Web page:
Cluster randomized trials are often used in primary care settings. In the U.K., general practices are usually the unit of allocation. The effect of variability in practice list size on sample size calculations is demonstrated using the General Medical Services Statistics for England and Wales, 1997. Summary statistics and tables are given to help design such trials assuming that a fixed proportion of patients are to be recruited from each cluster. Three different weightings of the cluster means are compared: uniform, cluster size and minimum variance weights. Minimum variance weights are shown to be superior to uniform, particularly when clusters are small, and to cluster size weights, particularly when clusters are large. Where there are large numbers of participants per cluster and cluster size weights are used, the power actually falls as more patients are recruited to large clusters. When minimum variance weights are used the increase in the design effect due to variation in list size is small, regardless of the size of intracluster correlation coefficient or the number of participants per cluster, provided there is no loss of randomized units. When the expected number of participants per practice is low a greater loss in power comes from practices which fail to recruit patients. A method to estimate the likely effect and allow for it is presented.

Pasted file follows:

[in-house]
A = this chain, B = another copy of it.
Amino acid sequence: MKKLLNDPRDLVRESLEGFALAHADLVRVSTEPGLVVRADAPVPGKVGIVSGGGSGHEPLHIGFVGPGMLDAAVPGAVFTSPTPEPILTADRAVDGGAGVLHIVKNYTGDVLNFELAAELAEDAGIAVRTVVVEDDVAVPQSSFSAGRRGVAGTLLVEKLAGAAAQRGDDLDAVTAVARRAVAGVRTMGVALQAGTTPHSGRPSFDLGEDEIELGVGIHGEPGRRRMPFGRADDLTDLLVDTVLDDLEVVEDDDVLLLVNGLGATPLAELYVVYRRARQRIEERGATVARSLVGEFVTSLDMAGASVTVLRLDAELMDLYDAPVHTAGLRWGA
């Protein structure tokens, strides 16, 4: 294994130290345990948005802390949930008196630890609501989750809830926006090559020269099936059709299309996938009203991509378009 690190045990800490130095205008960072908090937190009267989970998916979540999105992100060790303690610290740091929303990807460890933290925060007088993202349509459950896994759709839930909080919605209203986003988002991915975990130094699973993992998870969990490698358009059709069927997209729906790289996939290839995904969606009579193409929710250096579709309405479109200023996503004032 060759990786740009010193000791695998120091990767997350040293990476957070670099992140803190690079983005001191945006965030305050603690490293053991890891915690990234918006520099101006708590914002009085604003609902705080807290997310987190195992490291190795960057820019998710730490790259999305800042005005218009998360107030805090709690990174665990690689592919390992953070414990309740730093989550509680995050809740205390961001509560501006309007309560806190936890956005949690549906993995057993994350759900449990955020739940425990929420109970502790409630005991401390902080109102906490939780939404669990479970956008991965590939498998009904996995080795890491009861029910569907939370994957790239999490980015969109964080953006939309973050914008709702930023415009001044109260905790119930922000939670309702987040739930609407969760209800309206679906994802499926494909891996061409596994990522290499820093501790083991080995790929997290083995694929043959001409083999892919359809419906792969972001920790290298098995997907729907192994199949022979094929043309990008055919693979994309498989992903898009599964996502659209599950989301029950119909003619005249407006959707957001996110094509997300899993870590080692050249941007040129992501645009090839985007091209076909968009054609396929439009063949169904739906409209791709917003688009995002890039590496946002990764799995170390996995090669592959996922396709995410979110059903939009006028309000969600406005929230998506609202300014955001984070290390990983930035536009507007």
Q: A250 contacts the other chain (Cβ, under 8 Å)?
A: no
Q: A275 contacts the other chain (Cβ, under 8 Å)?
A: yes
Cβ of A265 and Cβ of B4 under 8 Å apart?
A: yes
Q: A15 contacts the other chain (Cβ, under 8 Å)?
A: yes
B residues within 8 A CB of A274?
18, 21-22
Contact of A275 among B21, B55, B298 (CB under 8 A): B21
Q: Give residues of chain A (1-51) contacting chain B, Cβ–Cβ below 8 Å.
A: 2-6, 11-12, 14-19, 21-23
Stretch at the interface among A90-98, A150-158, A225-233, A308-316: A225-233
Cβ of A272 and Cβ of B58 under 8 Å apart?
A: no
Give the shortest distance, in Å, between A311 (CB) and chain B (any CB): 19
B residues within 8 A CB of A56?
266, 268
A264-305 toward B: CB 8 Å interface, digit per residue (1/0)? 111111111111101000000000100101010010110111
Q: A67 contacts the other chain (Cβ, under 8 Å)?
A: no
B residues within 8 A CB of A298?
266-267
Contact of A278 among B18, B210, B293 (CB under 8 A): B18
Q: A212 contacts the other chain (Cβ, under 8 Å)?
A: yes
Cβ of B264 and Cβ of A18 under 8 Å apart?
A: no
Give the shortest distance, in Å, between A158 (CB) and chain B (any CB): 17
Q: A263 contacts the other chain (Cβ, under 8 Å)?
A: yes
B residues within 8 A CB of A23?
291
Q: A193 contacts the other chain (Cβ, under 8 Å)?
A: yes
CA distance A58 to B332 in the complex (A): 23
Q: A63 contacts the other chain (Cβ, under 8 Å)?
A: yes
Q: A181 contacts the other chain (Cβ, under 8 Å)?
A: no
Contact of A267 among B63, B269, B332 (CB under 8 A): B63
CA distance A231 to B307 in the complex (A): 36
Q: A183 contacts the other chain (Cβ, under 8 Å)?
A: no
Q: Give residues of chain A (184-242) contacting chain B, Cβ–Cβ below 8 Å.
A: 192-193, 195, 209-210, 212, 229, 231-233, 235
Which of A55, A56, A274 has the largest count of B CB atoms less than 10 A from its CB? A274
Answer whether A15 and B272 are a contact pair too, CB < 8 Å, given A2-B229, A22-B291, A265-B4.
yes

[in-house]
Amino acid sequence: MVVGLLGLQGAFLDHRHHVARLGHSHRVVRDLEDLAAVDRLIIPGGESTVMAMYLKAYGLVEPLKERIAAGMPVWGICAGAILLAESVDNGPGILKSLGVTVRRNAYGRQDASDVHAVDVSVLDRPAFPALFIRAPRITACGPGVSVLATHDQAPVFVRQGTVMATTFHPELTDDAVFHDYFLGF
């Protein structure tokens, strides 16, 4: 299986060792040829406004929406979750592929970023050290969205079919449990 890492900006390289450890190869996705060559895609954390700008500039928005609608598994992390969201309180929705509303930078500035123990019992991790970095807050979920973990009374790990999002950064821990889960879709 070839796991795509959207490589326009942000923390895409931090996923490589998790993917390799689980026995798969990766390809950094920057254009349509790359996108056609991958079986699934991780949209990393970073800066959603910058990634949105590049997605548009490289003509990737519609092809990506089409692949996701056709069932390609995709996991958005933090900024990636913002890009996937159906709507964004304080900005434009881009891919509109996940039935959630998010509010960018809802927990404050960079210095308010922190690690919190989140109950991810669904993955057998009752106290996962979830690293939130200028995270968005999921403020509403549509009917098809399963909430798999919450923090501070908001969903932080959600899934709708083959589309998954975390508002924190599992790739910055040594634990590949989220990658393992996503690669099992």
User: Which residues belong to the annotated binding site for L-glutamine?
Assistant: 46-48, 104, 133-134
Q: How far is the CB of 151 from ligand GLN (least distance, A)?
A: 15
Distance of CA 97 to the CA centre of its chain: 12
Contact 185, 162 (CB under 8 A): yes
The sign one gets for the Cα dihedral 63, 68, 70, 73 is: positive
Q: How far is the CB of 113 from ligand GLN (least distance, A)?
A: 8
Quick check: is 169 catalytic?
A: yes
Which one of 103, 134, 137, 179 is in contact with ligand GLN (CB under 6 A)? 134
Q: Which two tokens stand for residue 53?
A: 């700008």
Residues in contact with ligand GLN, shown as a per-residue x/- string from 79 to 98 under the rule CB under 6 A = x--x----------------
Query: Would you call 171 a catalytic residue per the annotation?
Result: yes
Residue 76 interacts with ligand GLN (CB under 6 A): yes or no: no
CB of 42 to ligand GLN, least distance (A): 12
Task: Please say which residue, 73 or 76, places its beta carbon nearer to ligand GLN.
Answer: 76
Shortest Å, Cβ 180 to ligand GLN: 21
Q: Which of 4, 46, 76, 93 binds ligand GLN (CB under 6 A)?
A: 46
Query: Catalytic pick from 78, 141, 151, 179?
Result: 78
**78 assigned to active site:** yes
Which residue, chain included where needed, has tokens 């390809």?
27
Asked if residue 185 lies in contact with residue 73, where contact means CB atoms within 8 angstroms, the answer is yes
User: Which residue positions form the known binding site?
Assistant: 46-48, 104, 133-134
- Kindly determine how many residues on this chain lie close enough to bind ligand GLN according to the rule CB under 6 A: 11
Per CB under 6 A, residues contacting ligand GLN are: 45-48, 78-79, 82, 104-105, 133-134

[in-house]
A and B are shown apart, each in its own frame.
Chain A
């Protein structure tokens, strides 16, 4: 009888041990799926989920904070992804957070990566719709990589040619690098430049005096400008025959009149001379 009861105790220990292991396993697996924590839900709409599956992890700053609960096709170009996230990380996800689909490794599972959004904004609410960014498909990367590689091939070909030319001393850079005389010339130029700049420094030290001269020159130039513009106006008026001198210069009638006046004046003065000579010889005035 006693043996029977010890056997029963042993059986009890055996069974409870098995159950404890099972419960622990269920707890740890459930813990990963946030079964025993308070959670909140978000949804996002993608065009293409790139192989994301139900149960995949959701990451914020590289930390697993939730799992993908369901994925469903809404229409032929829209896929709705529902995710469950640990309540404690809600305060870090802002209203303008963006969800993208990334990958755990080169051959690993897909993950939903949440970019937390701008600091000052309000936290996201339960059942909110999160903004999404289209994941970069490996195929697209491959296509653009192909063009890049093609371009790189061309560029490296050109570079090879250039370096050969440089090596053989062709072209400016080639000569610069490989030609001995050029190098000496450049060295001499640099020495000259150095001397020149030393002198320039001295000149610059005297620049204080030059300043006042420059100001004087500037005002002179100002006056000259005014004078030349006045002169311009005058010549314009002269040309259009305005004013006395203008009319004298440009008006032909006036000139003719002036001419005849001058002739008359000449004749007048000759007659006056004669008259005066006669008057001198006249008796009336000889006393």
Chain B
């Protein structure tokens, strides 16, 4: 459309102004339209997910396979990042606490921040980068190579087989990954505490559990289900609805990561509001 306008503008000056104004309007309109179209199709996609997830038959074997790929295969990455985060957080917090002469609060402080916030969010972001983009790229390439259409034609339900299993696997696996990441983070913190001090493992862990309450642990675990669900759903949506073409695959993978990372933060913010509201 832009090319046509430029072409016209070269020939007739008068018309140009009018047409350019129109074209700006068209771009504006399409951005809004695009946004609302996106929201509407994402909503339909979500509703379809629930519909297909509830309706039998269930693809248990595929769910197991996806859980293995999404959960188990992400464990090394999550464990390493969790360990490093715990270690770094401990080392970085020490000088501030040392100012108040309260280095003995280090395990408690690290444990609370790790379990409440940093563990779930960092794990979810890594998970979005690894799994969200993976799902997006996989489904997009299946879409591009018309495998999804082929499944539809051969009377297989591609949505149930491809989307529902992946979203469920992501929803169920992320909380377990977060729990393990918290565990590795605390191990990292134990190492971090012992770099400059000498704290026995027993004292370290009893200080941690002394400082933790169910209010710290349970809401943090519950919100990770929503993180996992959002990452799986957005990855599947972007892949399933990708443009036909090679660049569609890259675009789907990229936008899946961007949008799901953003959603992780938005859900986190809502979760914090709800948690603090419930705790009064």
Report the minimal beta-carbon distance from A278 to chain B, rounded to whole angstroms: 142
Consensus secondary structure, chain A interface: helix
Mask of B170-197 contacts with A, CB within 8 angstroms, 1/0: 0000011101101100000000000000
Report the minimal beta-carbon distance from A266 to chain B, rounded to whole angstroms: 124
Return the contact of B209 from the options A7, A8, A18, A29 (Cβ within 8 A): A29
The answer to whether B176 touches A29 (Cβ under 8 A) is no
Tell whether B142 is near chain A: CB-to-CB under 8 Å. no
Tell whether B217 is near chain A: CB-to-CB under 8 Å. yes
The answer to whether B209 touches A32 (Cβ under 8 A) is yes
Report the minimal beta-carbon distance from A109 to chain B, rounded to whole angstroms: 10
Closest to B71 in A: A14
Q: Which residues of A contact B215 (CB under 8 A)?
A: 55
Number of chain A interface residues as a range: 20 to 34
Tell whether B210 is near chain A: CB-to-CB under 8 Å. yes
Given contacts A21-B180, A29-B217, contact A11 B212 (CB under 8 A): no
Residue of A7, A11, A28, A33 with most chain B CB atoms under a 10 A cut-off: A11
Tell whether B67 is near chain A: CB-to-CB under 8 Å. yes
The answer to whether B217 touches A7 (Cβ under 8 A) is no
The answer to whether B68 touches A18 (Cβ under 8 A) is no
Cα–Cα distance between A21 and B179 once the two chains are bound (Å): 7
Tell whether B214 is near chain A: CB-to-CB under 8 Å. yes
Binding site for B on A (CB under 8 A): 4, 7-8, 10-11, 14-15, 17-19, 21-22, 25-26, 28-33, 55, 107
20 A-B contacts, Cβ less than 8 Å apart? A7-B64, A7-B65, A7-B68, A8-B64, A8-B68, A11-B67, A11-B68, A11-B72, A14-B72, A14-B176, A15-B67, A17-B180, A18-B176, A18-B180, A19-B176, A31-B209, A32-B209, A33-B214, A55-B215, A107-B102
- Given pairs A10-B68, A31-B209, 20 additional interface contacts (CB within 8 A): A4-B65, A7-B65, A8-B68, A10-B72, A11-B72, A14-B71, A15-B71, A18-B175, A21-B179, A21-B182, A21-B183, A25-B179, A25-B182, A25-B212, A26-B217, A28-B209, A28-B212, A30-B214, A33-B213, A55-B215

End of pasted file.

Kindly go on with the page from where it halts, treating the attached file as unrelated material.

Copyright 2001 John Wiley & Sons, Ltd.